Savoy Conference

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The Savoy Conference of 1661 was a significant liturgical discussion that took place, after the Restoration of Charles II, in an attempt to effect a reconciliation within the Church of England.

Contents

Proceedings

Savoy Hospital (1747) Savoy Hospital Vetusta Monumenta.jpg
Savoy Hospital (1747)

It was convened by Gilbert Sheldon, in his lodgings at the Savoy Hospital in London. The Conference sessions began on 15 April 1661, and continued for around four months. [1] By June, a deadlock became apparent. [2]

The conference was attended by commissioners: 12 Anglican bishops, and 12 representative ministers of the Puritan and Presbyterian factions. Each side also had nine deputies (called assistants or coadjutors). The nominal chairman was Accepted Frewen, the Archbishop of York. The object was to revise the Book of Common Prayer . Richard Baxter for the Presbyterian side presented a new liturgy, but this was not accepted. As a result the Church of England retained internal tensions about governance and theology, while a significant number of dissenters left its structure and created non-conformist groups retaining Puritan theological commitments.

In 1662 the Act of Uniformity followed, mandating the usage of the 1662 Book of Common Prayer and spurring the Great Ejection.

Commissioners

The nominated commissioners and deputies were as follows: [3]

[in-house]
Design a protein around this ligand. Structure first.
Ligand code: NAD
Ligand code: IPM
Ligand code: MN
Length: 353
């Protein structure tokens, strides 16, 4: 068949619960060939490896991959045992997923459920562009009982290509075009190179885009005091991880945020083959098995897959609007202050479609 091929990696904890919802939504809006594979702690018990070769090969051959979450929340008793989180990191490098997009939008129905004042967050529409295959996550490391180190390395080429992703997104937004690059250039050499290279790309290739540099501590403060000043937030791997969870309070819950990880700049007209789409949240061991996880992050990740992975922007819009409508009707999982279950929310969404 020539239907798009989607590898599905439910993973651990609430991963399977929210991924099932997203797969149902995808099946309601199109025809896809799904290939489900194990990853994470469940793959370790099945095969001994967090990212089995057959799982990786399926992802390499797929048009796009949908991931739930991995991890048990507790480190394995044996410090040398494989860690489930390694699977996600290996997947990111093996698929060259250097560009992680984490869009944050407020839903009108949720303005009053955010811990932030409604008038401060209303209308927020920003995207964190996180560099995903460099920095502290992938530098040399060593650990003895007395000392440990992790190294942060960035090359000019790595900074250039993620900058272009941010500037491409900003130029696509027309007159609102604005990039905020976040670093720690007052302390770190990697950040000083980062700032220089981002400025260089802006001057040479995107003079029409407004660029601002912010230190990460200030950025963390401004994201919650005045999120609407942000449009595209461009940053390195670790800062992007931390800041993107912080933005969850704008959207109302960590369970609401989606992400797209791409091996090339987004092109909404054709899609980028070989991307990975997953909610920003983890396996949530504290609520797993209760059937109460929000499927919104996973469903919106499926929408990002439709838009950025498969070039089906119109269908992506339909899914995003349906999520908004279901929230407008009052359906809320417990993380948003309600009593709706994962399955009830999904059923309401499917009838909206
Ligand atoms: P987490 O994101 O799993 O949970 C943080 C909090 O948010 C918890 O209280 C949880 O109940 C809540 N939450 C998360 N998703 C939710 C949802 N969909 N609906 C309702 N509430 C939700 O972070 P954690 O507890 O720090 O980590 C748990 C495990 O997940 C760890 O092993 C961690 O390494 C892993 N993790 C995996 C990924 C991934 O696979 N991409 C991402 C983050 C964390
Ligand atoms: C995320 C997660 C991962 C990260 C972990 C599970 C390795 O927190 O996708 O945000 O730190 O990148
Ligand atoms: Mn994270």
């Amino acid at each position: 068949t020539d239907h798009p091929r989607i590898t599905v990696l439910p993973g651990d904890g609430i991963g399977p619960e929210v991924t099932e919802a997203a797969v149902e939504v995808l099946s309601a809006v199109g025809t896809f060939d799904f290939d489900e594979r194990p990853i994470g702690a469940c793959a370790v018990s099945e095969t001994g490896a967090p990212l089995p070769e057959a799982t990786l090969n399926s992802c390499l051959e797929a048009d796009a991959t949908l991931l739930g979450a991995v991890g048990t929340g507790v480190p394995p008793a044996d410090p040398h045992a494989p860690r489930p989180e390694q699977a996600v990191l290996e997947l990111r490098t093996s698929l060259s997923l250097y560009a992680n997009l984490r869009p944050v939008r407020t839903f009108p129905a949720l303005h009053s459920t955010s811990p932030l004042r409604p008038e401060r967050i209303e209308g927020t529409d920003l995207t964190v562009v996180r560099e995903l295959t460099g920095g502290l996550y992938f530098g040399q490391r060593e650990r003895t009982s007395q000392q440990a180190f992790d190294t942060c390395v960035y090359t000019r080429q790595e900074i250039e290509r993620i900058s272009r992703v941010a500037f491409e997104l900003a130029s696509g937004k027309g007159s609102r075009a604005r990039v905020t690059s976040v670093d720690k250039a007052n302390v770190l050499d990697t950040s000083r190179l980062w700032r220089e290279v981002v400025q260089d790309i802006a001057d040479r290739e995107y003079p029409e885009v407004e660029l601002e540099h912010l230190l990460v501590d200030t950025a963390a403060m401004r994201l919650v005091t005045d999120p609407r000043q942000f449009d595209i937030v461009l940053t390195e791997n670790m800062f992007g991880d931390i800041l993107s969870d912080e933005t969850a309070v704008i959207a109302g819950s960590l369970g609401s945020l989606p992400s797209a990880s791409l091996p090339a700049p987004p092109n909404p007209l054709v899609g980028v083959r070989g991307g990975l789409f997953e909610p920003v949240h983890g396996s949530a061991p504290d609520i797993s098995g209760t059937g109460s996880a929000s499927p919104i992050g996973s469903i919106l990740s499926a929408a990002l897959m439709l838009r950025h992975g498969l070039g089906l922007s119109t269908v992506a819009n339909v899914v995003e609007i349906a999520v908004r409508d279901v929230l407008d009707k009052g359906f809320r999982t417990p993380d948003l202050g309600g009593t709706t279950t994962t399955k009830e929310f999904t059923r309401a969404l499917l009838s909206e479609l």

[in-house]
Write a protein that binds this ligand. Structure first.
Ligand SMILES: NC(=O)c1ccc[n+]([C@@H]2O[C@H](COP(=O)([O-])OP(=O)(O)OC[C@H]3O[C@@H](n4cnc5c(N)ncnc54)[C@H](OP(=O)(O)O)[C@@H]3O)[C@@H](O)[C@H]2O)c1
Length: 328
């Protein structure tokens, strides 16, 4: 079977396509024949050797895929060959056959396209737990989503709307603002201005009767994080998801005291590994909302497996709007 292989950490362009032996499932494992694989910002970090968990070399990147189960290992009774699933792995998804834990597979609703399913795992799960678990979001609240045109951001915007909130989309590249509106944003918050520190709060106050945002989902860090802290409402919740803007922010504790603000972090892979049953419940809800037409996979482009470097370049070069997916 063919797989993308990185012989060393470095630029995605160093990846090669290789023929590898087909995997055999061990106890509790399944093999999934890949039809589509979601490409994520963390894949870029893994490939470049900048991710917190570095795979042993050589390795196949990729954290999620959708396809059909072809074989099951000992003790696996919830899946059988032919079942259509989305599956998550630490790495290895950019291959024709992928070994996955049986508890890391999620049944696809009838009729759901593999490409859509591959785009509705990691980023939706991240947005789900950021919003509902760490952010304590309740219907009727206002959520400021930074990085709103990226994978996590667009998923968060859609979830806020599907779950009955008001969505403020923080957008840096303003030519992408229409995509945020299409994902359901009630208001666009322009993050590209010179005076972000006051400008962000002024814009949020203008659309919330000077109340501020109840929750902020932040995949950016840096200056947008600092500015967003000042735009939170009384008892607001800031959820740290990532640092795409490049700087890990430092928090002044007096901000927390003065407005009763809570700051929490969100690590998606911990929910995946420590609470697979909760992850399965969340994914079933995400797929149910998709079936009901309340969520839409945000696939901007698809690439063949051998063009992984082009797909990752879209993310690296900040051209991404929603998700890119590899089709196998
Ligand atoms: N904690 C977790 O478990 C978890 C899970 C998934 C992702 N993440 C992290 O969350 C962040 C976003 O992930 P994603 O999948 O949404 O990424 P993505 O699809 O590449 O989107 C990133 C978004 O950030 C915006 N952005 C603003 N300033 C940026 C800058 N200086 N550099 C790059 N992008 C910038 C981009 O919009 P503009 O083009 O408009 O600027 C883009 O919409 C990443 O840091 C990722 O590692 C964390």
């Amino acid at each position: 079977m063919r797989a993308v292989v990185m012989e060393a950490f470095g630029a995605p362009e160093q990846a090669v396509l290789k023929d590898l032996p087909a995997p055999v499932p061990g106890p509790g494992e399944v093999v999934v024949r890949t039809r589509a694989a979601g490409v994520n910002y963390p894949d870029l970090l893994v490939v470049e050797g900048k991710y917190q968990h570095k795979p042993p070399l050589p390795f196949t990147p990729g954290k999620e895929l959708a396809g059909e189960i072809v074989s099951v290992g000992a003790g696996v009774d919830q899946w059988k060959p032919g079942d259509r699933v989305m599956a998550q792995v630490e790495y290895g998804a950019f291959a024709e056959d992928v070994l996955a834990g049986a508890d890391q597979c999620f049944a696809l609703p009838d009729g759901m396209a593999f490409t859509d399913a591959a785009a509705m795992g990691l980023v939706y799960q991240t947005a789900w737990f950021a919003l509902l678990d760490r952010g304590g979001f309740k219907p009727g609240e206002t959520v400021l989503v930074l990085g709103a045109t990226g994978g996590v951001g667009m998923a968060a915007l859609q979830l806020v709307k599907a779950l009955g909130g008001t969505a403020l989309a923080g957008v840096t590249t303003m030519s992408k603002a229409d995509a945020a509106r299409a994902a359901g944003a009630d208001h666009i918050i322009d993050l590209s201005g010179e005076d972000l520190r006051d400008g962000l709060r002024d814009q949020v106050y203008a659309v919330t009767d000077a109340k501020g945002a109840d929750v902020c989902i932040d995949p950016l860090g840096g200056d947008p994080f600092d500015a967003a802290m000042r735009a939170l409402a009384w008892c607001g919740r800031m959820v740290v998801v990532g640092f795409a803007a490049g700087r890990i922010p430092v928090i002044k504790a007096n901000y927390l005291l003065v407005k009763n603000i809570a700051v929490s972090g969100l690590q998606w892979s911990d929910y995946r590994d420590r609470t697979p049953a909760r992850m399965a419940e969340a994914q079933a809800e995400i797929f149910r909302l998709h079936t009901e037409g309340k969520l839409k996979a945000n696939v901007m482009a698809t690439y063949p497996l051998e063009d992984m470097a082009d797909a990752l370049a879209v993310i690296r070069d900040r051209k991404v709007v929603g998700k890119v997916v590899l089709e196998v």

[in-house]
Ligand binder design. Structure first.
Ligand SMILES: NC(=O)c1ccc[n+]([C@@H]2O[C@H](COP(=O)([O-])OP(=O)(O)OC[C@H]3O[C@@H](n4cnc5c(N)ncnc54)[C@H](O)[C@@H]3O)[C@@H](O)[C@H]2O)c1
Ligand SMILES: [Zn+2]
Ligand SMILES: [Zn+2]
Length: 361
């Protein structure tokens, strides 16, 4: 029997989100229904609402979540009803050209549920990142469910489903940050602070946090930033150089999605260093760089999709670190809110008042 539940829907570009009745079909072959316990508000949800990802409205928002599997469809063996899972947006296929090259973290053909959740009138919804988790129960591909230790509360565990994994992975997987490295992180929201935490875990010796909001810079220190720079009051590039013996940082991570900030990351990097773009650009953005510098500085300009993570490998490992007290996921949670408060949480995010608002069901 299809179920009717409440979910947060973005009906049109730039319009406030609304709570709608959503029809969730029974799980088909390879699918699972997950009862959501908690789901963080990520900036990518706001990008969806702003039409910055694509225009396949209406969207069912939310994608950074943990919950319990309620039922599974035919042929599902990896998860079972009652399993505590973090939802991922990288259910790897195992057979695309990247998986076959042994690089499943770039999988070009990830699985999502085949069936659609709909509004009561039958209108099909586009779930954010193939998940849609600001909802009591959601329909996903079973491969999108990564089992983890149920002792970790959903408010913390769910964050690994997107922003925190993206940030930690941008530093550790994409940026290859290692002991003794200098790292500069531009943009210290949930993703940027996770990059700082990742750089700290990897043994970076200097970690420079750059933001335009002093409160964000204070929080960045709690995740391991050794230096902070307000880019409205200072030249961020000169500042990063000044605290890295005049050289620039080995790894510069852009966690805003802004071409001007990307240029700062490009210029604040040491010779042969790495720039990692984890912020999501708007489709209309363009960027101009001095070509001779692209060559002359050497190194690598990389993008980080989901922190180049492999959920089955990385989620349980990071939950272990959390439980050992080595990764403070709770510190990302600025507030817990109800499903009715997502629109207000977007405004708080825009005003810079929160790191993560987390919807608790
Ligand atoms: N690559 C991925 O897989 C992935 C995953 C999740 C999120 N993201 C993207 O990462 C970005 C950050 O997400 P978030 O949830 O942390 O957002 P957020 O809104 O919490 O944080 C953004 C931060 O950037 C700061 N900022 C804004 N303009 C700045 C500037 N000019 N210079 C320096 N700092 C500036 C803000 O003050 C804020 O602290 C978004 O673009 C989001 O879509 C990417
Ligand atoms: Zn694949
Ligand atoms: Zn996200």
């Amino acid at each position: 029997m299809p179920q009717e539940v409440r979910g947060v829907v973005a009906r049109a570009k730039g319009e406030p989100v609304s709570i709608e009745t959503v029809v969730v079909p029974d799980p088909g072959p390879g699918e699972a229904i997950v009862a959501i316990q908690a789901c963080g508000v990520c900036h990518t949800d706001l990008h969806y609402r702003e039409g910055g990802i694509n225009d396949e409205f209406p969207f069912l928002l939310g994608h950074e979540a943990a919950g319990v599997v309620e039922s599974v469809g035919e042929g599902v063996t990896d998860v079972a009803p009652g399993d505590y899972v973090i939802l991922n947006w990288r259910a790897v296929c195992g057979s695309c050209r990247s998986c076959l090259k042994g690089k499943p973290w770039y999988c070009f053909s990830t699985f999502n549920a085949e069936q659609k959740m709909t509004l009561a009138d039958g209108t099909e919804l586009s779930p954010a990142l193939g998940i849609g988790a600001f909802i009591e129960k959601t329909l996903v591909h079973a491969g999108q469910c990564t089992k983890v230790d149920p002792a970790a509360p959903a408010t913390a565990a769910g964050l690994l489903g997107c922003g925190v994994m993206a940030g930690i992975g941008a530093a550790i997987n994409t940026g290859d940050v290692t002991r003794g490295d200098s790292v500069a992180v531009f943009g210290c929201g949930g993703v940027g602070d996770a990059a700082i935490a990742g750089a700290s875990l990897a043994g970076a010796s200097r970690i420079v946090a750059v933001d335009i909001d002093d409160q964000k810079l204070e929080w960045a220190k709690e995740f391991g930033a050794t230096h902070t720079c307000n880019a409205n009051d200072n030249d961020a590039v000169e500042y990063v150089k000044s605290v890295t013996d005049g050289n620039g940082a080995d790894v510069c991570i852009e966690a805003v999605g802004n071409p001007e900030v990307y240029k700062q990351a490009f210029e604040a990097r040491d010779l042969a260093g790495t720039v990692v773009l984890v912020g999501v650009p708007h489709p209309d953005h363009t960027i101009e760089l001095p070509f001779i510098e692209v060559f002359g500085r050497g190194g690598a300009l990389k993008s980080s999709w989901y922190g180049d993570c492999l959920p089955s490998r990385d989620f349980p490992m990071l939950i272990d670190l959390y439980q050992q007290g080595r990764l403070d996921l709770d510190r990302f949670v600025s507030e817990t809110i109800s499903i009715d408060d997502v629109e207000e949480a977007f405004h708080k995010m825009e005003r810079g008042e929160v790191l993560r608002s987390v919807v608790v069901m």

For the presbyterians:

Deputies

On the episcopal side there were:

On the presbyterian side there were:

There was to have been one more deputy on the presbyterian side, Roger Drake. A clerical error caused his name to appear as "William Drake" in the official document, and he did not actually attend. [4]

Publications

Related Research Articles

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The reign of King James I of England (1603-25) saw the continued rise of the Puritan movement in England, that began during reign of Queen Elizabeth (1558-1603), and the continued clash with the authorities of the Church of England. This eventually led to the further alienation of Anglicans and Puritans from one another in the 17th century during the reign of King Charles I (1625-49), that eventually brought about the English Civil War (1642-51), the brief rule of the Puritan Lord Protector of England Oliver Cromwell (1653-58), the English Commonwealth (1649-60), and as a result the political, religious, and civil liberty that is celebrated today in all English speaking countries.

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<i>Book of Common Prayer</i> (1662) Anglican liturgical book

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References

  1. Bosher, Robert S. (1957). The Making of the Restoration Settlement: The Influence of the Laudians, 1649-1662. Dacre Press. p. 226.
  2. Seaward, Paul (2003). The Cavalier Parliament and the Reconstruction of the Old Regime, 1661-1667. Cambridge University Press. p. 166. ISBN   978-0-521-53131-3.
  3. Listed in John Henry Blunt, The Annotated Book of Common Prayer (1872).
  4. Frank Bate, The Declaration of indulgence, 1672: a study in the rise of organised dissent (1908), p. 18.